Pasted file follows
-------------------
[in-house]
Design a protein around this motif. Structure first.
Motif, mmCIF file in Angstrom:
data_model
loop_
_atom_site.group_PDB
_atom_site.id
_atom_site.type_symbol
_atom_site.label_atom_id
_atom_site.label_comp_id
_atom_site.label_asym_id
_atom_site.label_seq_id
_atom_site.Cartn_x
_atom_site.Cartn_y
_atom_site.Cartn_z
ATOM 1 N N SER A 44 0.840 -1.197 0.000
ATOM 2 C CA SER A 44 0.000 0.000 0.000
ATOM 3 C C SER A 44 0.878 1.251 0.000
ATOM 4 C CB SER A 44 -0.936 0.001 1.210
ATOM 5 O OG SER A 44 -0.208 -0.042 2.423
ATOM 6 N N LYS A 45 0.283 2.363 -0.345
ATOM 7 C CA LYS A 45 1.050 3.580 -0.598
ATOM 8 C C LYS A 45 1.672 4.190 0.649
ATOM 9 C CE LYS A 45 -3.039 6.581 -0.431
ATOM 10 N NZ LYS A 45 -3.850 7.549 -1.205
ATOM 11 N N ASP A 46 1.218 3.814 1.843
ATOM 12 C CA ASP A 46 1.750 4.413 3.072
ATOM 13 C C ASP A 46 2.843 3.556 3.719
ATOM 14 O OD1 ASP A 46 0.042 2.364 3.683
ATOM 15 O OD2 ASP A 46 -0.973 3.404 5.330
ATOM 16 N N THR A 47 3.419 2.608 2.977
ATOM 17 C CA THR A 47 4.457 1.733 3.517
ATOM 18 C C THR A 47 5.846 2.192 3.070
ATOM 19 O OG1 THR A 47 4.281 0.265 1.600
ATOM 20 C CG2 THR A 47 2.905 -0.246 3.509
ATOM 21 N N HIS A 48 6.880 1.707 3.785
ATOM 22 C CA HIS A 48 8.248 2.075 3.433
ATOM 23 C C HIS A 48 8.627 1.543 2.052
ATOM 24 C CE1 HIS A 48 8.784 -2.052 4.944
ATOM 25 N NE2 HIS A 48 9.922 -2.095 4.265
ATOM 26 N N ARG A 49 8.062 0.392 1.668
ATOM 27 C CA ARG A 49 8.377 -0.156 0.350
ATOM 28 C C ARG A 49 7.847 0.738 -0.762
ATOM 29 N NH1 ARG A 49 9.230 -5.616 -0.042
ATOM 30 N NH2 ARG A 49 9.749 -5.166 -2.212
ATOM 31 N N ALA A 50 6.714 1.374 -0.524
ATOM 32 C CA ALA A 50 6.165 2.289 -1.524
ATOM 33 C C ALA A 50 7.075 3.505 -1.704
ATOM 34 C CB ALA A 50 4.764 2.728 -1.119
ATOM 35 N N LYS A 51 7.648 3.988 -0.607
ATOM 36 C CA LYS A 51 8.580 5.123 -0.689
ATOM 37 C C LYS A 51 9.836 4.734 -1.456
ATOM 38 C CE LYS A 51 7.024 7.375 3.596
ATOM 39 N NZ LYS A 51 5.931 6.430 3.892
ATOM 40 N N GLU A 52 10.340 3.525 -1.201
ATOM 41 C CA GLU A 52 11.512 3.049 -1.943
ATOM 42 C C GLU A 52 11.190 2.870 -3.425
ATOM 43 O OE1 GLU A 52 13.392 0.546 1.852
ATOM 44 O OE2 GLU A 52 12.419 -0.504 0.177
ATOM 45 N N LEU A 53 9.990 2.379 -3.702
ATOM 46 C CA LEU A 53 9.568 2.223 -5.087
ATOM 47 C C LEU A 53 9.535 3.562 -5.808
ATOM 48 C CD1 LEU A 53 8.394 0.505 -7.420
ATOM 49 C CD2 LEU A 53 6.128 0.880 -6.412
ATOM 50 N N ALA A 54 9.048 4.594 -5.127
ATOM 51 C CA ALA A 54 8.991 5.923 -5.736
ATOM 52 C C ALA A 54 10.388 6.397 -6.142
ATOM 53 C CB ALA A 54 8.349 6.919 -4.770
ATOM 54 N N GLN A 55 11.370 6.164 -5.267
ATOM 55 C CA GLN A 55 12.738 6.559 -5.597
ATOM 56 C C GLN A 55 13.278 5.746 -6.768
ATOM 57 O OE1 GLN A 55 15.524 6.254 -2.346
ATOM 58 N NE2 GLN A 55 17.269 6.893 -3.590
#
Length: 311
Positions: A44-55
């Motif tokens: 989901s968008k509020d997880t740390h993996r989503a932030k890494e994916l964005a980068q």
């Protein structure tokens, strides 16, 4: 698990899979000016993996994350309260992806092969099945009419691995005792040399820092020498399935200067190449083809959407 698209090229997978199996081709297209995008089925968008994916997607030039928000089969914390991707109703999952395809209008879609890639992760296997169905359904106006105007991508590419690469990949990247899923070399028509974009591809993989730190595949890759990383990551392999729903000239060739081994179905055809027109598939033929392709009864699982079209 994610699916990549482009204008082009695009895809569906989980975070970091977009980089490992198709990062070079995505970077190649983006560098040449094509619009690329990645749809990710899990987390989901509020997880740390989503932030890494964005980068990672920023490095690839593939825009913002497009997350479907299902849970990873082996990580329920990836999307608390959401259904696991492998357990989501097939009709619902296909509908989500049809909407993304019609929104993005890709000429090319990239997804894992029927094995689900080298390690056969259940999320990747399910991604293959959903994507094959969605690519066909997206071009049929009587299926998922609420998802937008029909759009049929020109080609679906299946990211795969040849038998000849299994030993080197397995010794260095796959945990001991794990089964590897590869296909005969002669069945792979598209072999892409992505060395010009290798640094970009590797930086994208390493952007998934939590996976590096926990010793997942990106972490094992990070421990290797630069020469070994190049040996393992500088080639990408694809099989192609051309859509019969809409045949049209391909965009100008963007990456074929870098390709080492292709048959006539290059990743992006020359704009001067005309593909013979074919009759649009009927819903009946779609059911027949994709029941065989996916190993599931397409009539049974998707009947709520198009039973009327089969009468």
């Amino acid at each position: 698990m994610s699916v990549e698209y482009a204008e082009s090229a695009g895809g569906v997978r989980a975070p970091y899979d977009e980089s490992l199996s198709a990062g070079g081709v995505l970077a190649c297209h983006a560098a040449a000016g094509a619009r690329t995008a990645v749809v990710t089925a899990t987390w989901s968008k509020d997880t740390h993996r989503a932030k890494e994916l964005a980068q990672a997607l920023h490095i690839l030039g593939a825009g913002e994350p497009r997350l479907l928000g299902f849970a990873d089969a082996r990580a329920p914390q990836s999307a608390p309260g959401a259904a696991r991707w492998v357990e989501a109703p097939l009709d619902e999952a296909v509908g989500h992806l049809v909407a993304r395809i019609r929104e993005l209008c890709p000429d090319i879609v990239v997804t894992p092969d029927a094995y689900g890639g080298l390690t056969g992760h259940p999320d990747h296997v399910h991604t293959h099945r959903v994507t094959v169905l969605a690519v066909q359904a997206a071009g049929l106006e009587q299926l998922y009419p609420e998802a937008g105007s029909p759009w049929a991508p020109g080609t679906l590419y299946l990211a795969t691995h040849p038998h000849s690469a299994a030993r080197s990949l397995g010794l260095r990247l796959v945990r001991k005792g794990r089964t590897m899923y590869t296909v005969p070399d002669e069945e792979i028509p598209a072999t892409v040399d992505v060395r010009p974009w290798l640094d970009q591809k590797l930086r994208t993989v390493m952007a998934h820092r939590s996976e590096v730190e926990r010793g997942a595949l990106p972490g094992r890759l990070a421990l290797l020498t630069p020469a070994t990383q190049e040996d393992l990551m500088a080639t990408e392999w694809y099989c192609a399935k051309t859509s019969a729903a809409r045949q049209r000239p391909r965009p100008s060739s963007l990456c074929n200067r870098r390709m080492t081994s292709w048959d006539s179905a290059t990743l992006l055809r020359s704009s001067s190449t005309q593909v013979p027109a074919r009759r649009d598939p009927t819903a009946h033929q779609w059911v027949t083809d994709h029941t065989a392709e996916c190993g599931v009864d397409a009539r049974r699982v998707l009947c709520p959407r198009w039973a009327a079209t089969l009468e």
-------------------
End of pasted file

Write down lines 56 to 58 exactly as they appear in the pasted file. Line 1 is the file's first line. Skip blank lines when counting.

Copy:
ATOM 41 C CA GLU A 52 11.512 3.049 -1.943
ATOM 42 C C GLU A 52 11.190 2.870 -3.425
ATOM 43 O OE1 GLU A 52 13.392 0.546 1.852